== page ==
Portland to illuminate bike lanes with solar-powered LEDs

Portland to illuminate bike lanes with solar-powered LEDs

LED bike lane marker

The latest in bike lane technology.
(Photo © J. Maus/BikePortland)

The Portland Bureau of Transportation will install the city’s first illuminated bike lane markers next week (sorry, it’s not the glow-in-the-dark “starpath” everyone’s talking about). According to PBOT Active Transportation Division Manager Dan Bower, on Tuesday crews will install 20 solar-powered LED lights in the bike lane stripe on NE Couch as it makes the s-curve onto the Burnside Bridge (a somewhat notorious location if you recall).

The lights, which are only 7 millimeters tall, will be installed flush with the ground about every 15 feet (see below). They’ll turn on automatically as the sun sets. Bower told us he first saw them in use in Denmark (where they’re made) and thought they could be helpful safety and wayfinding devices here in Portland. Saris Racks is importing the lights from Denmark (apparently the company wants to get into the U.S. bikeway building boom) and they have donated the lights to PBOT for this pilot project. The price of each light, including the epoxy to secure them into the ground, is $140.

The lights, shown as yellow dots will be placed in
the existing strip/buffer area.
(Graphic: BikePortland)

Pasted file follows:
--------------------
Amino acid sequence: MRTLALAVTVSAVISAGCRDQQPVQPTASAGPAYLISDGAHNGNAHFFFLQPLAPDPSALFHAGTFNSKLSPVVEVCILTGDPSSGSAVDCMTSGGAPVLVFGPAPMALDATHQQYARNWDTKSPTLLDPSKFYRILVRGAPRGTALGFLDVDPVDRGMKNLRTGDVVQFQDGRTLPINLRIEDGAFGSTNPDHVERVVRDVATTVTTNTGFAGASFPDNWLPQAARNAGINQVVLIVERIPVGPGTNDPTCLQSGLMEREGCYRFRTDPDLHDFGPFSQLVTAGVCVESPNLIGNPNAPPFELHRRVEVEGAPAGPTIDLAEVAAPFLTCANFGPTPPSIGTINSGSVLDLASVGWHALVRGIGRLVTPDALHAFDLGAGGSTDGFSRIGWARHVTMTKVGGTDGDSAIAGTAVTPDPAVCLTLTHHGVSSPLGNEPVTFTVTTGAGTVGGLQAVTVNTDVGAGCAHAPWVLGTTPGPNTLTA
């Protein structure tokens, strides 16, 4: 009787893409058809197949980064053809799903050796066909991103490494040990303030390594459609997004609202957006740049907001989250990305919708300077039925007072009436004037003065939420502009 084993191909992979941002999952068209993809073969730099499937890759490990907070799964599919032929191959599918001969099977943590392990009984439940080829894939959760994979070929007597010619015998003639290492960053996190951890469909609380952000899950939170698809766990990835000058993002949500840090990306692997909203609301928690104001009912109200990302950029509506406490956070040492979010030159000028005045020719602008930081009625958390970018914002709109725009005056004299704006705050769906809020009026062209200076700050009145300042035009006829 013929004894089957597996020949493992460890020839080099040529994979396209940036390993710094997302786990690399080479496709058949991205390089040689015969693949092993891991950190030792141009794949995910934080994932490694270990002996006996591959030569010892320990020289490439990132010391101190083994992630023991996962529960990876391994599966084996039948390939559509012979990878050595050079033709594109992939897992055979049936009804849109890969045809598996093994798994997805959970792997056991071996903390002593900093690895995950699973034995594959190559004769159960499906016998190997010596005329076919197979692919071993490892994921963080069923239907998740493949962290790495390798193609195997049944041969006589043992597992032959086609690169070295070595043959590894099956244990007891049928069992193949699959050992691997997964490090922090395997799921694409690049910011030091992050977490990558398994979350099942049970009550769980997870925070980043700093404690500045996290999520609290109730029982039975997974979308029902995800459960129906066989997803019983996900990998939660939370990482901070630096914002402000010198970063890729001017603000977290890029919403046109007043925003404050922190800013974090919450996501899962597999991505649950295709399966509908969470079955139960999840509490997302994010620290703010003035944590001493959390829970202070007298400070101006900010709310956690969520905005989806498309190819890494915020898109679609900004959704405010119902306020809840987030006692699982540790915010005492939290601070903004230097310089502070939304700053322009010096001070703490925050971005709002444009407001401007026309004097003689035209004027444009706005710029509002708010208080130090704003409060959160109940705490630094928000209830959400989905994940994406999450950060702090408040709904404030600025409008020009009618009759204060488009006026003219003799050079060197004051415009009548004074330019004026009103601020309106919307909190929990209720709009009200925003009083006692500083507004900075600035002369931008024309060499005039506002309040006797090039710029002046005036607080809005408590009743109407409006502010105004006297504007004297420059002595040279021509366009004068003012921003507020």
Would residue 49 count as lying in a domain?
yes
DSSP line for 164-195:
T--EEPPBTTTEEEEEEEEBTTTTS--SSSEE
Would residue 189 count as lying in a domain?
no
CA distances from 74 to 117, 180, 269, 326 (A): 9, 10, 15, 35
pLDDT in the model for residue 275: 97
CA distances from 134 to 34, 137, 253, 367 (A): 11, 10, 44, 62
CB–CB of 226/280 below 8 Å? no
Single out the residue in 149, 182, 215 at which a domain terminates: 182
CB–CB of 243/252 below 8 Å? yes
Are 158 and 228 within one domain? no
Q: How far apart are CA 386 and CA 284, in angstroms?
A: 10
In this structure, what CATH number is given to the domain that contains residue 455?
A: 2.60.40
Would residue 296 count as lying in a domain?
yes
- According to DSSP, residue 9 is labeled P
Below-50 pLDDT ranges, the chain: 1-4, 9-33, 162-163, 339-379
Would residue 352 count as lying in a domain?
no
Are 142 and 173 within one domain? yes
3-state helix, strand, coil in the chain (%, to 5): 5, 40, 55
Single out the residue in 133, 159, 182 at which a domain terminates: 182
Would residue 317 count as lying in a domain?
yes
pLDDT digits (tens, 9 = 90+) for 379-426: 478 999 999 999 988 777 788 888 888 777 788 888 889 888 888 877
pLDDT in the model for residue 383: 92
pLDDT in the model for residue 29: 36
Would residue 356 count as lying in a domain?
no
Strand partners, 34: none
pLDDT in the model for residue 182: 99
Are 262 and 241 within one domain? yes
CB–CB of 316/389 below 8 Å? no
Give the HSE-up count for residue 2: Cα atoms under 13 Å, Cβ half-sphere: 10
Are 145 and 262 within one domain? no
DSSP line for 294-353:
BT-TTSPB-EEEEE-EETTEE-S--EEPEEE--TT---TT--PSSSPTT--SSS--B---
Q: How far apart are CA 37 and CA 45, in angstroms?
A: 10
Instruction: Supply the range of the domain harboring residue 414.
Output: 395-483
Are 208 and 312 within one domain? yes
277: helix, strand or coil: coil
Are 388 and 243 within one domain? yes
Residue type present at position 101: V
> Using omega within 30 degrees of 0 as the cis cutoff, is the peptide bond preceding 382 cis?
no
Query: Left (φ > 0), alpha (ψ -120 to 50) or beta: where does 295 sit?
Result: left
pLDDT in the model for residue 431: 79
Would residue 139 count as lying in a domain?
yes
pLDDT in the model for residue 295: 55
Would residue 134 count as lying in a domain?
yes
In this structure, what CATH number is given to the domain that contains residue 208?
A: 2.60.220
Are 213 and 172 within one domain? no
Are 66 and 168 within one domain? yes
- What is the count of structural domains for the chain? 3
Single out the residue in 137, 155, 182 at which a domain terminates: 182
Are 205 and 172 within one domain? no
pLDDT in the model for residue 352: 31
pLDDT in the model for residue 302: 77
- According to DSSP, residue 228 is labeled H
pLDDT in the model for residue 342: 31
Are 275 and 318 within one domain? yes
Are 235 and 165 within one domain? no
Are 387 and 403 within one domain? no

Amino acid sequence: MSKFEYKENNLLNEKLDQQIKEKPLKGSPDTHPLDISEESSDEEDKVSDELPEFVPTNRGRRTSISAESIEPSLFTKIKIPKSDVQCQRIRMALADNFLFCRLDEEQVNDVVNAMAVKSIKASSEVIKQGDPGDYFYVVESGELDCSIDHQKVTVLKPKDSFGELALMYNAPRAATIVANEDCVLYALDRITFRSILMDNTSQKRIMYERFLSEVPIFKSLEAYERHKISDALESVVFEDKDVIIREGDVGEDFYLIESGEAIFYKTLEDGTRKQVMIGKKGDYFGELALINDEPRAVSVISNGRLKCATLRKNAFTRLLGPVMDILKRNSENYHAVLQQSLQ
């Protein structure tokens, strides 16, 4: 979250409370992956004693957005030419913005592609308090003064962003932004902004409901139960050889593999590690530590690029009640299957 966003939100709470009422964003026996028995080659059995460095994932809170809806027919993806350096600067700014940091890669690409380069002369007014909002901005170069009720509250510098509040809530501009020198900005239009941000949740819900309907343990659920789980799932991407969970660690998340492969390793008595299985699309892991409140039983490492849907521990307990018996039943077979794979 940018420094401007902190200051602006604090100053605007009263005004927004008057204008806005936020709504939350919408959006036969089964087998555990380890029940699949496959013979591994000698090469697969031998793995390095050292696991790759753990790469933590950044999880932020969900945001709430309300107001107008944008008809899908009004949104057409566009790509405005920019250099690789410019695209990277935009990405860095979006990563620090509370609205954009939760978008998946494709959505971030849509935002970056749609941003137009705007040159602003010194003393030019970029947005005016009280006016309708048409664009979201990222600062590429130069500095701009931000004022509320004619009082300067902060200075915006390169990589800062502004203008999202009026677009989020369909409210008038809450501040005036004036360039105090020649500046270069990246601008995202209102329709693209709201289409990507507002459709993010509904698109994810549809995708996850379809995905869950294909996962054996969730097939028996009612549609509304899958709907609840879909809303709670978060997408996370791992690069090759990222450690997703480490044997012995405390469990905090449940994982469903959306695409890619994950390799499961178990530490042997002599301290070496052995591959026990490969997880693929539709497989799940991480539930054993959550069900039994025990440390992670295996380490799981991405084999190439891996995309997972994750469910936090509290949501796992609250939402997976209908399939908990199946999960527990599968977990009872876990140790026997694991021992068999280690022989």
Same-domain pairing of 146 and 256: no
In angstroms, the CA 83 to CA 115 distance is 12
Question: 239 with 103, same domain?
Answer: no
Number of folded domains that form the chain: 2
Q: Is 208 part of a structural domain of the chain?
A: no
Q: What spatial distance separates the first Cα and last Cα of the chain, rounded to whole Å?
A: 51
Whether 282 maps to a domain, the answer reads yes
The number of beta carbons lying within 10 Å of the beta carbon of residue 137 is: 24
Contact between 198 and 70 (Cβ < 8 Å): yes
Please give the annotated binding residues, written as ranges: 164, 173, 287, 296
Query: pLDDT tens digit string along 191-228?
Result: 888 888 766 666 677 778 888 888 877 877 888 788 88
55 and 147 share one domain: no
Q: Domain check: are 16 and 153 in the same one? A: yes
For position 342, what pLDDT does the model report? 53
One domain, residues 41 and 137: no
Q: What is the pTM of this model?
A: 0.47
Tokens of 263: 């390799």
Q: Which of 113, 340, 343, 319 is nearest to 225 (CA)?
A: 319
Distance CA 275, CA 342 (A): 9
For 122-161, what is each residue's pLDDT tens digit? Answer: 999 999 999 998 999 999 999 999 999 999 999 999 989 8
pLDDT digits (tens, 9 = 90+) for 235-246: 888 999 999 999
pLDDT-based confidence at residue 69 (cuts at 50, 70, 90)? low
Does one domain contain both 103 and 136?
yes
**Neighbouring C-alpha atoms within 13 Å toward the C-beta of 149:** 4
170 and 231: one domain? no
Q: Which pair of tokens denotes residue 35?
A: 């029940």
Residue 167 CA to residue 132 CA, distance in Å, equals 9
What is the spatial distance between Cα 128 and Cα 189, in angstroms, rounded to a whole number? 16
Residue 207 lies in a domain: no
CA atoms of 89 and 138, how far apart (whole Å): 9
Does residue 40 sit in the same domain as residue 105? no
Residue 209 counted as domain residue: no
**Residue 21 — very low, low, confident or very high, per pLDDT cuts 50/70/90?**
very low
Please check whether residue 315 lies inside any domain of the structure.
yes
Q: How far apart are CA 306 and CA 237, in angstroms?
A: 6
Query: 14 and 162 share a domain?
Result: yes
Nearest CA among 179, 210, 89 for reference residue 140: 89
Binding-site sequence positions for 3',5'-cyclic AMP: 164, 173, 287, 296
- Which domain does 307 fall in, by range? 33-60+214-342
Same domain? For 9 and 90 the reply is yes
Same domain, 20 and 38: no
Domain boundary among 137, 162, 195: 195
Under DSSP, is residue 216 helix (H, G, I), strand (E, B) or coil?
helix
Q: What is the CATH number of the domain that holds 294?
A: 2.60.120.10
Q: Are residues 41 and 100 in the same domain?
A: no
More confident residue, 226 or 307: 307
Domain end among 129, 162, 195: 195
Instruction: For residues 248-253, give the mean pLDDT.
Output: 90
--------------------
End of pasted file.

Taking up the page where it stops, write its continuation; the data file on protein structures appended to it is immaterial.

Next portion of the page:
Bower said PBOT has purposefully timed the installation of the new lights to coincide with the end of Daylight Saving Time. While the lights will help with the safety issue of people driving into bike lanes (especially on curvy roads), Bower said, they are not meant as as substitute for physically separated lanes. “These lights don’t replace better design,” he said, “I’d rather have a curb, but I don’t have the money for a curb.”

Since the lights will be installed flush with the pavement, there shouldn’t be any noticeable bumps to drivers or riders. And, although the solar panels and LEDs are encased in a plastic shell, the surface is textured so slippage should not be an issue. According to Saris, the lights can be seen from 1000 meters away and have a battery life of 5-10 years.

There are several different colors available, but PBOT’s first run will be white. Here’s how it looks lit up…

Bower said PBOT will look to expand the use of these lights if the pilot program is successful. Another area he mentioned that might benefit from these is the southwest corner of SW Broadway and 6th — a bike lane that is frequently encroached on by drivers.

A Saris product fact sheet (PDF) shows several implementation examples…

Along with helping provide a visual cue for the presence of a bike lane, another common use of these lights is to help illuminate paths like the Springwater Corridor at night.

For what it’s worth, Portland is the first U.S. city one of the first U.S. cities to test these lights in a real-life, urban conditions. Saris hopes the Portland launch will provide them with useful product feedback and help garner additional customers in other cities.

Stay tuned next Tuesday for a follow up post once these are installed.

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